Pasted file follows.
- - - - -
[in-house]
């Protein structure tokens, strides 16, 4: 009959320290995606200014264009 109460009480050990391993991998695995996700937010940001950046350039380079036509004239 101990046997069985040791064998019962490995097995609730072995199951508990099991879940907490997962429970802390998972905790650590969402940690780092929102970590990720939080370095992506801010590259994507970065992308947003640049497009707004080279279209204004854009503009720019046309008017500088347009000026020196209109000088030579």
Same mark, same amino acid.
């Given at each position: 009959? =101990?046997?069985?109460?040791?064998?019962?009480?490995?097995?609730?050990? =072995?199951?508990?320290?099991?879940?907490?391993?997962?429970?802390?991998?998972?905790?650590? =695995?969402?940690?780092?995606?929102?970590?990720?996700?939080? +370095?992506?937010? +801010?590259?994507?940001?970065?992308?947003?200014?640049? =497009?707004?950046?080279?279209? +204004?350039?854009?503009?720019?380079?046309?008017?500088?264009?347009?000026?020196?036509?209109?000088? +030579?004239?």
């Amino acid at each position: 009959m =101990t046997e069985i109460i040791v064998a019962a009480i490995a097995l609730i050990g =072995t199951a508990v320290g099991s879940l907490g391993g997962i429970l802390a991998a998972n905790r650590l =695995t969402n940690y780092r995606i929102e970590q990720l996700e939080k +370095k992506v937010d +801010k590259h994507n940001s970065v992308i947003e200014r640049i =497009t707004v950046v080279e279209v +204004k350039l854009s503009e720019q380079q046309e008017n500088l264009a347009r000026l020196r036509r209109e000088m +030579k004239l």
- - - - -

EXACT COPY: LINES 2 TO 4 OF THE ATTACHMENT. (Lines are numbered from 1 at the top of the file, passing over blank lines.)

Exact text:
């Protein structure tokens, strides 16, 4: 009959320290995606200014264009 109460009480050990391993991998695995996700937010940001950046350039380079036509004239 101990046997069985040791064998019962490995097995609730072995199951508990099991879940907490997962429970802390998972905790650590969402940690780092929102970590990720939080370095992506801010590259994507970065992308947003640049497009707004080279279209204004854009503009720019046309008017500088347009000026020196209109000088030579």
Same mark, same amino acid.
């Given at each position: 009959? =101990?046997?069985?109460?040791?064998?019962?009480?490995?097995?609730?050990? =072995?199951?508990?320290?099991?879940?907490?391993?997962?429970?802390?991998?998972?905790?650590? =695995?969402?940690?780092?995606?929102?970590?990720?996700?939080? +370095?992506?937010? +801010?590259?994507?940001?970065?992308?947003?200014?640049? =497009?707004?950046?080279?279209? +204004?350039?854009?503009?720019?380079?046309?008017?500088?264009?347009?000026?020196?036509?209109?000088? +030579?004239?």